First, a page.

Jay provides an excellent litmus test anytime I’m unable to separate nostalgia from quality. It happened with Star Wars, it happened with Indiana Jones, and it has now happened with Blade Runner. As I write this, it occurs to me that Jay may just hate Harrison Ford, but let’s leave that aside for now.
Yes, because Blade Runner 2049 is on the horizon, I was able to convince Jay to watch Blade Runner with me earlier this week. Anytime I can get Jay to watch what I will call nerd-fi, a category that includes most movies I saw in the 80s and 90s, it feels like a major victory. But only until the movie starts, because so far, about 5 minutes into each movie I proudly show to Jay, she wonders why I bothered to beg her to watch this one, asking things like, “Do you remember it being this bad?” when the flying cars first come into view.
Maddeningly, I can’t even argue against her assessments. In 2017, Blade Runner is not a great movie. It’s not really even a good movie. It’s a movie with vision, it’s beautiful to look at (though the flying cars do look as horrible as Jay pointed out), it brought dystopian futures and particularly Philip K. Dick to mainstream cinema, and it has an ambiguous ending that becomes even more so with every new cut issued by Ridley Scott. But it’s also a movie with cornball acting, disposable characters that we are barely introduced to, and a ton of sequences that are beautiful but: (a) extremely repetitive (how many times do we need to see a car fly by a Coke billboard or the offworld blimp ad); (b) essentially silent (like Ford’s visit to a food cart/open air diner); and (c) do nothing to advance the plot (which, let’s be honest, is probably about 35 minutes worth of movie without being padded by all the beautiful shots of futuristic Los Angeles).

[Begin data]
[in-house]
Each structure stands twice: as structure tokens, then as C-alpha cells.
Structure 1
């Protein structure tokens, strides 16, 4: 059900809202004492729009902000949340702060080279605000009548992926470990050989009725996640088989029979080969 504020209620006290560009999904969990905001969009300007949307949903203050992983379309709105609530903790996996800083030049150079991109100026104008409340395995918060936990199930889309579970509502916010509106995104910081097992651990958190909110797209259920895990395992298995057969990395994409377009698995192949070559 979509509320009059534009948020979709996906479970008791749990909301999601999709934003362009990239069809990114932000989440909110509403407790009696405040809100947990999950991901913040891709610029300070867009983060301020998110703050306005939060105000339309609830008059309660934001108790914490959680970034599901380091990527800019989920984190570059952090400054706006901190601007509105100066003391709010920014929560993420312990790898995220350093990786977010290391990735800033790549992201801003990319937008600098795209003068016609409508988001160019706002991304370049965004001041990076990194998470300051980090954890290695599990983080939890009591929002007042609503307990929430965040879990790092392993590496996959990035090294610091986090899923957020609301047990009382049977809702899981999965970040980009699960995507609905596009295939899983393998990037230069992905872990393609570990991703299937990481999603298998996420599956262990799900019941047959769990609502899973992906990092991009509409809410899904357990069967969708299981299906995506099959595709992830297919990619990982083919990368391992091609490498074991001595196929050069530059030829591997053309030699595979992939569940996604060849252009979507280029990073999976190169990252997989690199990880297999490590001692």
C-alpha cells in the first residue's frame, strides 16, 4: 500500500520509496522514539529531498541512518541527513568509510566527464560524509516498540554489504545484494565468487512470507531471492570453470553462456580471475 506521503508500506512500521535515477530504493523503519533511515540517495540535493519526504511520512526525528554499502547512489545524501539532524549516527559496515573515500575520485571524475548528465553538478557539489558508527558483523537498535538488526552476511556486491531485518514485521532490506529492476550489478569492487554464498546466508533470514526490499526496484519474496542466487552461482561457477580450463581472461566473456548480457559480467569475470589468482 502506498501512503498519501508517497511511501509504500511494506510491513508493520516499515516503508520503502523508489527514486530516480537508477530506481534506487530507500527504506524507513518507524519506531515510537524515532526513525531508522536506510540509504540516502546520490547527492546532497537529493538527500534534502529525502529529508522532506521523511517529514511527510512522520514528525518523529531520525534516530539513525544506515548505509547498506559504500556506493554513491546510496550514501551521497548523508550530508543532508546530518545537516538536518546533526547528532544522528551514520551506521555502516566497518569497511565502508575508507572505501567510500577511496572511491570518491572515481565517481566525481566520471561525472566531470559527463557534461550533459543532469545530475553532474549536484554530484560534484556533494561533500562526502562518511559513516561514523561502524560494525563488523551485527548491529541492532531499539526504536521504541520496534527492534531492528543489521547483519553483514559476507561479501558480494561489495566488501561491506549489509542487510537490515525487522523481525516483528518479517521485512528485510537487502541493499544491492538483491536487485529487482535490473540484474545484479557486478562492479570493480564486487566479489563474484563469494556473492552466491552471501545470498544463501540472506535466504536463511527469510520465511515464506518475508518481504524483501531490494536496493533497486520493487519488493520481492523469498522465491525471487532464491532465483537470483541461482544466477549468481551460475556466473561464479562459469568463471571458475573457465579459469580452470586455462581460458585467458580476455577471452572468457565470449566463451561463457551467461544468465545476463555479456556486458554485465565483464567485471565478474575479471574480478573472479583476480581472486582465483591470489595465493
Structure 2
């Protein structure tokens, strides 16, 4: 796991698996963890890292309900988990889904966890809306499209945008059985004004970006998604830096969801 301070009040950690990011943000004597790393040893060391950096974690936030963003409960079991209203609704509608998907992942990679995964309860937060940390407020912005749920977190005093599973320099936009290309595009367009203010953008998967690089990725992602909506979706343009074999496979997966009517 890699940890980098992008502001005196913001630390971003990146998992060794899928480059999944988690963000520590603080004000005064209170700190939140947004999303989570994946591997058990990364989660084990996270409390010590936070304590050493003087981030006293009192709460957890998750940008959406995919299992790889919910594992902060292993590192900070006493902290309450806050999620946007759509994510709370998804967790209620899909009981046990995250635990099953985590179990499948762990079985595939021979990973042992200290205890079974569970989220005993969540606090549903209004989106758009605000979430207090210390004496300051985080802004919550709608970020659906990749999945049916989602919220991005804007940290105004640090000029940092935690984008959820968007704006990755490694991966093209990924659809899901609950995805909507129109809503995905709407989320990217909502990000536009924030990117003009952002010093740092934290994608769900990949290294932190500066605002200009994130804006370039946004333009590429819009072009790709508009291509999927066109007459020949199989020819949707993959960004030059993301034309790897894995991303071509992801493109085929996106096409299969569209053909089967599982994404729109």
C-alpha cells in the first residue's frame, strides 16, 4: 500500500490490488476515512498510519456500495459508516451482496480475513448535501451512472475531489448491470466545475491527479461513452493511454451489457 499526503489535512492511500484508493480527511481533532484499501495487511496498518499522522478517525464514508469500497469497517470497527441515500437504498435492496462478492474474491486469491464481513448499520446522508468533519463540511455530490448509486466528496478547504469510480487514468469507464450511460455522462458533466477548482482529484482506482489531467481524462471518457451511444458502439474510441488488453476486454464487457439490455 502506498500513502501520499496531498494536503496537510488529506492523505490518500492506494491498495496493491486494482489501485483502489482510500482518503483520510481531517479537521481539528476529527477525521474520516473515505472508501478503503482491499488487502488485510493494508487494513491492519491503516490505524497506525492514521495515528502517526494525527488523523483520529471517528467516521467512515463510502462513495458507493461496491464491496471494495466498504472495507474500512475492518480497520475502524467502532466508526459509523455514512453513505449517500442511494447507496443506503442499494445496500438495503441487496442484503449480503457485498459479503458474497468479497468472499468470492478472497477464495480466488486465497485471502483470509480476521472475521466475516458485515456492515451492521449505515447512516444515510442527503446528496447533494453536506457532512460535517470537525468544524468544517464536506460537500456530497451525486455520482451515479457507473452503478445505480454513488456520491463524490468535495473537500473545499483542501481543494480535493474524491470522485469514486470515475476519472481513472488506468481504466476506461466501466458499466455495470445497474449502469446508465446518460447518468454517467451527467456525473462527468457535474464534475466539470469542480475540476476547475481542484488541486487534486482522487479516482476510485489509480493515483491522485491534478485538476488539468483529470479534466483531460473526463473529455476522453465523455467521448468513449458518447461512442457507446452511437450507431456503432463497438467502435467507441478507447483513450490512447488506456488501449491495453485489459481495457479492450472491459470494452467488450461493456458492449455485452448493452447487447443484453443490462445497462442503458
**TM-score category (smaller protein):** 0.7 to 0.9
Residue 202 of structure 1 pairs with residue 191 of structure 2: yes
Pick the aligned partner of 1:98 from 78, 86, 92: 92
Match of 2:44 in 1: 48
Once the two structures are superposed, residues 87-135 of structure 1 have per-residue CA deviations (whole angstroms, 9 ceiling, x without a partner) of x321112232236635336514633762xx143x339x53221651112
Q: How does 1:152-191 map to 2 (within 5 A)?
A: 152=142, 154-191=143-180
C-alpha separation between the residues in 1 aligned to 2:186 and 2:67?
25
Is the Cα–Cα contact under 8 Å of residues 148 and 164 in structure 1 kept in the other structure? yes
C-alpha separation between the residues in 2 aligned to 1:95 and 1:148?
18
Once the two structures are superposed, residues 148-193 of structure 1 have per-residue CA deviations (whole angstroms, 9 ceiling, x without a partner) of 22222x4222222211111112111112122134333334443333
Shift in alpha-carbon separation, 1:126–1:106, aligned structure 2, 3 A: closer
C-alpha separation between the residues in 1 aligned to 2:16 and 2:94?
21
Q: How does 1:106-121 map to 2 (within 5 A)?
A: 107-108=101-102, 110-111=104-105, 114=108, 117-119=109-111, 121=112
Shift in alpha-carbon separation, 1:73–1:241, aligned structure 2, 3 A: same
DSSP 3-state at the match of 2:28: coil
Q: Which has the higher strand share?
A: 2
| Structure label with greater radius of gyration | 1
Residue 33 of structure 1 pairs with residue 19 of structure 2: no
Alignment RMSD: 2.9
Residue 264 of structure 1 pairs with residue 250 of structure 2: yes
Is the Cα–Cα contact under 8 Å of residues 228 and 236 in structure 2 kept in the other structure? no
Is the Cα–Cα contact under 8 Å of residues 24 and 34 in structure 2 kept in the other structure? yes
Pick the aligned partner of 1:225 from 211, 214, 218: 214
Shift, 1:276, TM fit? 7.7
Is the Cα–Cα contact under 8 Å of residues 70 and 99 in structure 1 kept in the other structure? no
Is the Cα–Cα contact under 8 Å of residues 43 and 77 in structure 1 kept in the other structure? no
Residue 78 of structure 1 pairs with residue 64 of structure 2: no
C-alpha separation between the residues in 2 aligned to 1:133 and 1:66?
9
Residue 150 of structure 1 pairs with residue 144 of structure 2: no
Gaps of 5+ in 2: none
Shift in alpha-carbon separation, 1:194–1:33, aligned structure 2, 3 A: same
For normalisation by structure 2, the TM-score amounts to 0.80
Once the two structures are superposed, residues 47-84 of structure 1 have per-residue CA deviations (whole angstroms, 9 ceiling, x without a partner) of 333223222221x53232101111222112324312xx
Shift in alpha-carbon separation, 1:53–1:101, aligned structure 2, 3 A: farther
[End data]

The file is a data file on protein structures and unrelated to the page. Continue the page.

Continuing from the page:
Still, there is something to be said about Blade Runner and something reassuring about its continued relevance. A big reason that the movie feels thin today is because it has been so influential. We’ve seen so many films build on what Blade Runner started, and in comparison, Blade Runner is like a wheel made out of stone. In that way, it’s important but if choosing between the original or the best that the genre has to offer today, the modern film is going to be the better one. But there is still room in my heart for the rickety original, the one that was ahead of its time (and ahead of ours, as Blade Runner is set in the “distant” future of 2019).
And in some distant future of our own, maybe I will find a movie that I feel nostalgic for that also stands up to Jay’s critical eye. Your suggestions are welcome!